Jeff Sparrow, editor Overland 205, Summer 2011
Someone in the offline world told me recently he was reading a book called The Left Isn’t Always Right. It must be one of the least controversial book titles of all time: how could ‘the Left’ be always right when lefties are forever fiercely, even violently disagreeing with each other? I mean, hadn’t the author heard of Trotsky? This issue of Overland continues in that fine tradition (of debate, I mean, not of violence). And although recent comments on this blog have described it as increasingly right wing, I think it does a nice job of bringing to bear a perspective that challenges the view that all can be well in a capitalist society.
It kicks off with Swedish scholar Mattias Gardell’s ‘Terror in the Norwegian woods‘, which places the recent killing spree in Norway in the context of the return of fascism to Europe. He moves well beyond the easy but still telling point that when the news of the killings broke, many pundits pronounced that it was the work of Muslim terrorists, but when the identity and beliefs of the killer were discovered, the same pundits said it was clearly the work of a lone madman, and not in any way connected to their hate speech – he moves beyond that point to a chilling account of the increasingly vocal and co-ordinated anti-Muslim movement in Europe and in the US, which would be an oddity if it weren’t for their influence on political leaders.
Next, Robert Bollard’s ‘ Who was Bet B?‘, tells the story of his own discovery of Aboriginal ancestry, and explores its implications. Among other things it provides a multidimensional, nuanced context to the brutish attacks on ‘light skinned Aborigines’ we’ve been hearing a bit about recently.
Xavier Rizos’s ‘Will the market save us?‘ could well be subtitled ‘The carbon tax for dummies’, and I mean that in a good way.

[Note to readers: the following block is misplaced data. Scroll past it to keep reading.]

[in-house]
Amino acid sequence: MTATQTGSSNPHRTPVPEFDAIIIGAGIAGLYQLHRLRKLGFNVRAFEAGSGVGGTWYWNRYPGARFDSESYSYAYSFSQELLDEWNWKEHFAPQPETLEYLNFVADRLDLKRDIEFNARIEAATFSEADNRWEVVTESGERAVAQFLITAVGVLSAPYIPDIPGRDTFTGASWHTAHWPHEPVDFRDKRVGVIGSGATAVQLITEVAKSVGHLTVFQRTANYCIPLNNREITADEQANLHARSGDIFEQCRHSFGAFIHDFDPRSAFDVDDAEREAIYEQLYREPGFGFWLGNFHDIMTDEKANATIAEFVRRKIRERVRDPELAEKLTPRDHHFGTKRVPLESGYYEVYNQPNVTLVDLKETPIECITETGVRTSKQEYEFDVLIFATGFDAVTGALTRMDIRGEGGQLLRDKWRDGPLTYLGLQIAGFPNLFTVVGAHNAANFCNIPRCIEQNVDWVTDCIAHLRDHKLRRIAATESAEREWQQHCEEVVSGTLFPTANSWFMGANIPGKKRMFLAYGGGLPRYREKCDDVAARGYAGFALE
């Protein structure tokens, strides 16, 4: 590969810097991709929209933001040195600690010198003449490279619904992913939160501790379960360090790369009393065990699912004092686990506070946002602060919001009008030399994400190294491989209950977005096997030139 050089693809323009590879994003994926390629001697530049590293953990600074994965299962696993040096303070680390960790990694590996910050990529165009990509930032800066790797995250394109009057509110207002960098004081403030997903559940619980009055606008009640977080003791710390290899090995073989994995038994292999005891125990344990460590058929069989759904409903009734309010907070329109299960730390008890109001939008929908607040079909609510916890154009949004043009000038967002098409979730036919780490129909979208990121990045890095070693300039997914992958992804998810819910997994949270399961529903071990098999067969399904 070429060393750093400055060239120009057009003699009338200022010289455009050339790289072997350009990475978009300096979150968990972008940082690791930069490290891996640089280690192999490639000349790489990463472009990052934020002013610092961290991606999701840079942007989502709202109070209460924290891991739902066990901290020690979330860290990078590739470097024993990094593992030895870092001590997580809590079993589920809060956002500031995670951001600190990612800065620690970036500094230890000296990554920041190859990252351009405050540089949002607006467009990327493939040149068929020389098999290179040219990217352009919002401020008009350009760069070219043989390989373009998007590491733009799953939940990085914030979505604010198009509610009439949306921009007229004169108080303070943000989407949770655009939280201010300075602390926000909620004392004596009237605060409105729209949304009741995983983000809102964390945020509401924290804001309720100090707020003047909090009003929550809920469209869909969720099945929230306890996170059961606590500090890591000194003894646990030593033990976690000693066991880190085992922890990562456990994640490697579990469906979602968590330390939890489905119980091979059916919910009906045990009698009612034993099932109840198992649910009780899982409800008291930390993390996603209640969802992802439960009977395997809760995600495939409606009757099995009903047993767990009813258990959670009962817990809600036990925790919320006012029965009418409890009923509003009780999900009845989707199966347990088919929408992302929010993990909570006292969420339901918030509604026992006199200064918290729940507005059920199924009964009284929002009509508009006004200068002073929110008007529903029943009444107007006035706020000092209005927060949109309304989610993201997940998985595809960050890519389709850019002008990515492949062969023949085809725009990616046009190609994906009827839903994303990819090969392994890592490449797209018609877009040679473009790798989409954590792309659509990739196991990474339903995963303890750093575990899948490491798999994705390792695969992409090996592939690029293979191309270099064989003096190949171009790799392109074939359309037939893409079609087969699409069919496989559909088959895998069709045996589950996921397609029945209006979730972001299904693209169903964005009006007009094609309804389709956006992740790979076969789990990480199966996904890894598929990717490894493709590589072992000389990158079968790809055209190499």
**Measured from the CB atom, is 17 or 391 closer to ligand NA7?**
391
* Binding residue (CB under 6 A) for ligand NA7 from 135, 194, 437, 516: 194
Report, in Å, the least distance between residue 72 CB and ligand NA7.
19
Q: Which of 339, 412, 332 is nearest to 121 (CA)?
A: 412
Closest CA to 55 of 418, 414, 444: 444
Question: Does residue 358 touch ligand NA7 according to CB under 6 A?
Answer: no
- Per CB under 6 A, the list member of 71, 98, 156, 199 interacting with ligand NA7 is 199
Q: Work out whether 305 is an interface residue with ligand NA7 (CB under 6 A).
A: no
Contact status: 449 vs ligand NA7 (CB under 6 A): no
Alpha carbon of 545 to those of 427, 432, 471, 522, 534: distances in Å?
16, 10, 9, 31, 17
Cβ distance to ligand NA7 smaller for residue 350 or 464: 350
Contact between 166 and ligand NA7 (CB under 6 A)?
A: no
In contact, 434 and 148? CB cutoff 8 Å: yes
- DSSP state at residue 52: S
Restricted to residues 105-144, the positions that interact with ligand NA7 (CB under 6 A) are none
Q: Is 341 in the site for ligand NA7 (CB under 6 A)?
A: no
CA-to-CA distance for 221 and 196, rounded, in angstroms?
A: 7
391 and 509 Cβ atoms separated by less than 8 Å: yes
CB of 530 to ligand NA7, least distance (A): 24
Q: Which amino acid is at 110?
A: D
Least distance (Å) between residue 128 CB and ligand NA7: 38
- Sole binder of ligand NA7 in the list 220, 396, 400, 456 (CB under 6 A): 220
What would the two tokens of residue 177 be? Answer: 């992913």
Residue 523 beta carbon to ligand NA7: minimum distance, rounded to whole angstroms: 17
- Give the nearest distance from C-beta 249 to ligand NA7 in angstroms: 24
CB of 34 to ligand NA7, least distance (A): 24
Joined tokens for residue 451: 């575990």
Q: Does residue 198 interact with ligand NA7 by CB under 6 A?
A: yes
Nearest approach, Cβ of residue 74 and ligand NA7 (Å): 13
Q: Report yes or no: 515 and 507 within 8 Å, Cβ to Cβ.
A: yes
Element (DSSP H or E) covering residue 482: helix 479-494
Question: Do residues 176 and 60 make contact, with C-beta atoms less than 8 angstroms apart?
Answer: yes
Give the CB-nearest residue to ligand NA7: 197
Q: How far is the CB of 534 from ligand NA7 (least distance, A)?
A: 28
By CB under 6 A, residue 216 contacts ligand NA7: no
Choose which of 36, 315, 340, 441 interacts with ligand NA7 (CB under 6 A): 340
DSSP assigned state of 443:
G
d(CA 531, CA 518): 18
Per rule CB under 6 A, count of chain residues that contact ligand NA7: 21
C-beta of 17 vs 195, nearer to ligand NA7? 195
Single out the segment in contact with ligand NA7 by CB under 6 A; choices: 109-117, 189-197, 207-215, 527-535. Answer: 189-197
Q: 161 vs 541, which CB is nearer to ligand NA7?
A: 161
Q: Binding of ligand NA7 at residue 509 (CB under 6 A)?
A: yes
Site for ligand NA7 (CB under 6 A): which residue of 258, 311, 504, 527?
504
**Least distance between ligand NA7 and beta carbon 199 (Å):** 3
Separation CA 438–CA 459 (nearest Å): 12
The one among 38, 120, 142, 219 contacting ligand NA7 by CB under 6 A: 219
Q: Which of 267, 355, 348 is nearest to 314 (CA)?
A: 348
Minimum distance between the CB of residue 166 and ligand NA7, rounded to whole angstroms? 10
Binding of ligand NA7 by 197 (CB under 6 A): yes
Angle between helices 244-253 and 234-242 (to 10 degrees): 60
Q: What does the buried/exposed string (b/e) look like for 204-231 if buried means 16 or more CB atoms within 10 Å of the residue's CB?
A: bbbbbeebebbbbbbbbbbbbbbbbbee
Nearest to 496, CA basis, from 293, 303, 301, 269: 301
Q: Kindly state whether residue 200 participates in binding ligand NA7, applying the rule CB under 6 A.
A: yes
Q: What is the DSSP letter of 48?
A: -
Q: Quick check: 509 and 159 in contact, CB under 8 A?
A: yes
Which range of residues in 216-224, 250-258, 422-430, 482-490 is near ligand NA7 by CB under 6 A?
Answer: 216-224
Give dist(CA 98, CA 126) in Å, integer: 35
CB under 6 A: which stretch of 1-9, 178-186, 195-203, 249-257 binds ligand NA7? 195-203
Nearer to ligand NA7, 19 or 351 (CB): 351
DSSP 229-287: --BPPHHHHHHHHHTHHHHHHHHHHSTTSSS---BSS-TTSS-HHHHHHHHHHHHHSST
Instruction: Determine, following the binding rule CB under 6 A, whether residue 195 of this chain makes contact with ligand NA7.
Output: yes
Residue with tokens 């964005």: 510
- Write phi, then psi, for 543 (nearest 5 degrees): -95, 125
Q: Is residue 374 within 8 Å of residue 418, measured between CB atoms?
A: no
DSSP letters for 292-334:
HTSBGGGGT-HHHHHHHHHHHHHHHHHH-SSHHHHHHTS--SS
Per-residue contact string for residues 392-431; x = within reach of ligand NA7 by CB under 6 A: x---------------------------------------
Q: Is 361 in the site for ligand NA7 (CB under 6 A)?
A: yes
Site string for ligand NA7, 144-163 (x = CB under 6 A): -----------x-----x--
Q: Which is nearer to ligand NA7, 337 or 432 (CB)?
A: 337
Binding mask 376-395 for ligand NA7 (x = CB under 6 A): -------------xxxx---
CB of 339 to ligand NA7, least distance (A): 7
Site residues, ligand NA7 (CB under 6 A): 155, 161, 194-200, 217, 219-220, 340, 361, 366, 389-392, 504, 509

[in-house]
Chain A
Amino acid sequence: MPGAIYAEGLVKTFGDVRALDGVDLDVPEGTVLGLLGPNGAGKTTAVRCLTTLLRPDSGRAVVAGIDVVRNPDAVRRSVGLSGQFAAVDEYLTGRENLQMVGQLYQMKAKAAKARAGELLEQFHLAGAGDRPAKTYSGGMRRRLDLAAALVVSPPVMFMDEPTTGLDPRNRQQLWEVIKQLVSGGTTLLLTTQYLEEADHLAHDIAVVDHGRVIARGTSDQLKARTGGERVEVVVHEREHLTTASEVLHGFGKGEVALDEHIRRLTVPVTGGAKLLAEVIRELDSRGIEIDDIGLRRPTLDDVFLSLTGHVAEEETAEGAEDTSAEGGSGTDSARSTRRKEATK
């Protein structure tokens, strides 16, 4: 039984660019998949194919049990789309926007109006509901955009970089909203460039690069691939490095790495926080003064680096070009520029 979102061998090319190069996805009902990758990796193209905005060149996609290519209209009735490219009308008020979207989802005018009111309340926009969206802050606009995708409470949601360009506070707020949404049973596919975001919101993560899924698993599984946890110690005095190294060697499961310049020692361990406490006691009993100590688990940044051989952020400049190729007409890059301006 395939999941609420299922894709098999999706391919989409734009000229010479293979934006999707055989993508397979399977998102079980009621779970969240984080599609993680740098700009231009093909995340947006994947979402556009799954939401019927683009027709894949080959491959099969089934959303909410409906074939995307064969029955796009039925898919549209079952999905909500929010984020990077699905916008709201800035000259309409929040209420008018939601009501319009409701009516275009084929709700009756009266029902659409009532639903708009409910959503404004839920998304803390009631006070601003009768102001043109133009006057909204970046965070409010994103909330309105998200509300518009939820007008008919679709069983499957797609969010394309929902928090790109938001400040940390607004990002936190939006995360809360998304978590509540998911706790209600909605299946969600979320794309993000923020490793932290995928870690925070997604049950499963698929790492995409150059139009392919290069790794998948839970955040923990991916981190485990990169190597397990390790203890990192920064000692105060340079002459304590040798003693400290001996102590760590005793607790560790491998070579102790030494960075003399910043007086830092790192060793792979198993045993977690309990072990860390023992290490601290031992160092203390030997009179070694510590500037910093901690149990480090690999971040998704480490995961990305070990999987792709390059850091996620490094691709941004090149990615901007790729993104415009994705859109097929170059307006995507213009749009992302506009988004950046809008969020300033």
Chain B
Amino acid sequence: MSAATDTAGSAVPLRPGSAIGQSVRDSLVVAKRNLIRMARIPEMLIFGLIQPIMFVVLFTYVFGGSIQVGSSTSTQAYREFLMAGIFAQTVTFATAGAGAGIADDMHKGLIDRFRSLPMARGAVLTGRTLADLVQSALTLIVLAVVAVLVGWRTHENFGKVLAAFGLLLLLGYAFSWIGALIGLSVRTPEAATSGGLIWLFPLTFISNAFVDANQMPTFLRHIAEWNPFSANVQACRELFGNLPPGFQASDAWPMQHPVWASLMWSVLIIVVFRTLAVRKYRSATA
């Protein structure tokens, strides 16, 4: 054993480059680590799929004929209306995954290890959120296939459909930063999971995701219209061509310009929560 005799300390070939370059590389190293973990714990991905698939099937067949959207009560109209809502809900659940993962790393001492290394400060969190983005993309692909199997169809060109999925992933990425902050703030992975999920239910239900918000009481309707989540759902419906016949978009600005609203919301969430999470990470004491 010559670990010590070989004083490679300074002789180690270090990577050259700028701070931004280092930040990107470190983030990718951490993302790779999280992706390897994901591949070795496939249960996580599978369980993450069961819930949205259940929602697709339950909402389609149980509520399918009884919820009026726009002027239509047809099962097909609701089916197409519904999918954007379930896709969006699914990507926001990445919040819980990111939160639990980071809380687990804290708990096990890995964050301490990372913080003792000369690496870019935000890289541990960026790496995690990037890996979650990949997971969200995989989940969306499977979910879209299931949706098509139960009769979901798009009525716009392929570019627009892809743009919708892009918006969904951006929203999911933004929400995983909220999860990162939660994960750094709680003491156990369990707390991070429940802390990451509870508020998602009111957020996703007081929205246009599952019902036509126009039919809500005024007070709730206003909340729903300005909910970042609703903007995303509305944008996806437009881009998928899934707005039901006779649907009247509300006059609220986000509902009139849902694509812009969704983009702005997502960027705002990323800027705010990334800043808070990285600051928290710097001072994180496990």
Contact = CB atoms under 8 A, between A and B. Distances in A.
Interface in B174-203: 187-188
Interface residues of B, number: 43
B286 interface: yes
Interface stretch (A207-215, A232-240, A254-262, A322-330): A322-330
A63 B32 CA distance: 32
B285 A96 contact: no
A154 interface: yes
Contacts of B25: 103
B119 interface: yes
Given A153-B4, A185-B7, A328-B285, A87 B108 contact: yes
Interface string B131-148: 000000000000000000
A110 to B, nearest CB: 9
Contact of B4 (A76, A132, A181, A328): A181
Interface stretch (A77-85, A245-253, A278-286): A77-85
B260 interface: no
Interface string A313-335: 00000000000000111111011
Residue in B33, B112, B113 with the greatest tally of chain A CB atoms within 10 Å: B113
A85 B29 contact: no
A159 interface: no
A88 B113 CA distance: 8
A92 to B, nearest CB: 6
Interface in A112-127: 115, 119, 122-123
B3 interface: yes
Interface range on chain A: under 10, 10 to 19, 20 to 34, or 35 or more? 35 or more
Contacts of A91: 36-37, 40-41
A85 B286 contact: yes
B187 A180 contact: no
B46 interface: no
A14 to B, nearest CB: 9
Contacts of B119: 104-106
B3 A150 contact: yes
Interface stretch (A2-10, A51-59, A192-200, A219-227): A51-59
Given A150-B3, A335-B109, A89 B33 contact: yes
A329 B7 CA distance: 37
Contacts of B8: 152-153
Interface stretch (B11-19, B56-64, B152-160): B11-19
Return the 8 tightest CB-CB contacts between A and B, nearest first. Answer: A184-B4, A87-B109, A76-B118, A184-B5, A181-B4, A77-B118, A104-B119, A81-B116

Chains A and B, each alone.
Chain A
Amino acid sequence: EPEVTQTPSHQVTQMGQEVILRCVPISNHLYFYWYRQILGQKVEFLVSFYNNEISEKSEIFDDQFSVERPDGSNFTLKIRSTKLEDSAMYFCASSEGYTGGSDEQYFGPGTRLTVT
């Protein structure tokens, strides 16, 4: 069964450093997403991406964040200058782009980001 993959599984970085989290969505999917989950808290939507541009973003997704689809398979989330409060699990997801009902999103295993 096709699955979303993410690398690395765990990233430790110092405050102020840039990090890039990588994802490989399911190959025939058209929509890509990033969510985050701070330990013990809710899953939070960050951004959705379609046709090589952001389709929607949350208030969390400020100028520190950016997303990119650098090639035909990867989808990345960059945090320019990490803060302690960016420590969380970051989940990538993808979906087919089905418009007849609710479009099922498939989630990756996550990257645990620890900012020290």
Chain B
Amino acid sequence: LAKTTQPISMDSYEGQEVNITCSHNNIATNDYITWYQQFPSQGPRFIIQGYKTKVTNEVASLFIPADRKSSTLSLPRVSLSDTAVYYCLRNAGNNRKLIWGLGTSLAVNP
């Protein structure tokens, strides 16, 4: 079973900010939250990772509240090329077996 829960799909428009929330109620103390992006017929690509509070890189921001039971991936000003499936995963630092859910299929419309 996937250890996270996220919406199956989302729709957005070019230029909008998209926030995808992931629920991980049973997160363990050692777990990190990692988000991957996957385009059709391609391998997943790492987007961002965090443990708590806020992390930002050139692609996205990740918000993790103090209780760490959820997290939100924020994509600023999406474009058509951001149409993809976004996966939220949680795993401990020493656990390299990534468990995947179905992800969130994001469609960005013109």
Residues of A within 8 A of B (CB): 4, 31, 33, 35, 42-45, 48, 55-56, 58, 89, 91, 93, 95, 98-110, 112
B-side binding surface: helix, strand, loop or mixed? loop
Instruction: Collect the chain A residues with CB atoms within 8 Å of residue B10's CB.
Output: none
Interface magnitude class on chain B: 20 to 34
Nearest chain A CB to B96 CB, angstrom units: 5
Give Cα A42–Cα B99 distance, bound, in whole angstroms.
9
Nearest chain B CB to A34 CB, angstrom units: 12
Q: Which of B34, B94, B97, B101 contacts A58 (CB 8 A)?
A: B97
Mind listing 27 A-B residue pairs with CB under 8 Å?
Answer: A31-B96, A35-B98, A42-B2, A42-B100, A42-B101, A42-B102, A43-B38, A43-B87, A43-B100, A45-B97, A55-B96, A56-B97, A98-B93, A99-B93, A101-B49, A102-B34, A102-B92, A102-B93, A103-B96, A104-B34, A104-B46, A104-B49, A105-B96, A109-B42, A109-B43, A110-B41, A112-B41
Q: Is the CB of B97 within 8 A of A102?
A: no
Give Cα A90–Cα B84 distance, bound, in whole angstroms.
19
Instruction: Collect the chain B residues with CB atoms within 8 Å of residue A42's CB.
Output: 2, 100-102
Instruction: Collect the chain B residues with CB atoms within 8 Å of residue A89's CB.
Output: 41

Brad Nguyen’s ‘Morality begone!‘ does a neat job of exposing the inadequacy of moral outrage as a tool for understanding, especially in relation to events like the riots in London in August last year. He doesn’t argue that morality has no place, but that relationships of power needs to be taken into account. ‘We can all agree,’ he writes, ‘that events such as 9/11 are the results of acts of evil. But why shouldn’t we let ourselves locate such events within the totality of global capitalism?’ He goes on, ‘If you so much as mention [US] imperialism, you open yourself up to charges of justifying the atrocities of 9/11.’ In a fabulous twist, he invokes Jesus, with a challenging reading of the injunction to turn the other cheek. (This isn’t the journal’s only surprise for those who confuse secularism with hostility to religion: Peter Slezak’s ‘Silence resembling stupidity‘ argues forcibly that the anti-Islamic stance of the ‘new atheists’ – Hitchens, Harris, Dawkins – actually plays into the hands of those who would wage neo-imperialist and -colonialist wars.)
There are a couple of debates – Stephanie Convery and Katrina Fox on PETA’s use of pornography in its animal rights activism, Ali Alizadeh and Robert Lukins on Australian Poetry, the new peak industry body for poetry. The poetry one, as you might expect, is the more heated (‘Robert Lukins’ is … devoid of almost any substance with which to engage,’ says Alizadeh, unfairly in my view). The animal rights one has the higher moral tone (‘Let’s get our priorities right,’ says Fox, arguing that we shouldn’t object to PETA’s obnoxiousness when other people do much worse things – I guess you can tell where I stand on that one). And there’s a profound panel discussion about language and politics in Indigenous writing, featuring John Bradley, Kim Scott and Marie Munkara.
There are stories and poems, notably an excerpt from Alexis Wright’s forthcoming novel, Eileen Chong’s ‘Mary: A Fiction‘, and Angela Smith’s ‘Jennifer Maiden woke up in The Lodge‘, which I persist in seeing as a tribute to Jennifer Maiden rather than an attack.
Notice all those links! The thing about Overland is that most of its content is online, and the Overland blog has follow-up interviews and discussions. This interview with Robert Bollard is a fine example. Still, reading it in hard copy has its pleasures, not least of which is the sense of righteousness that comes from sending money their way.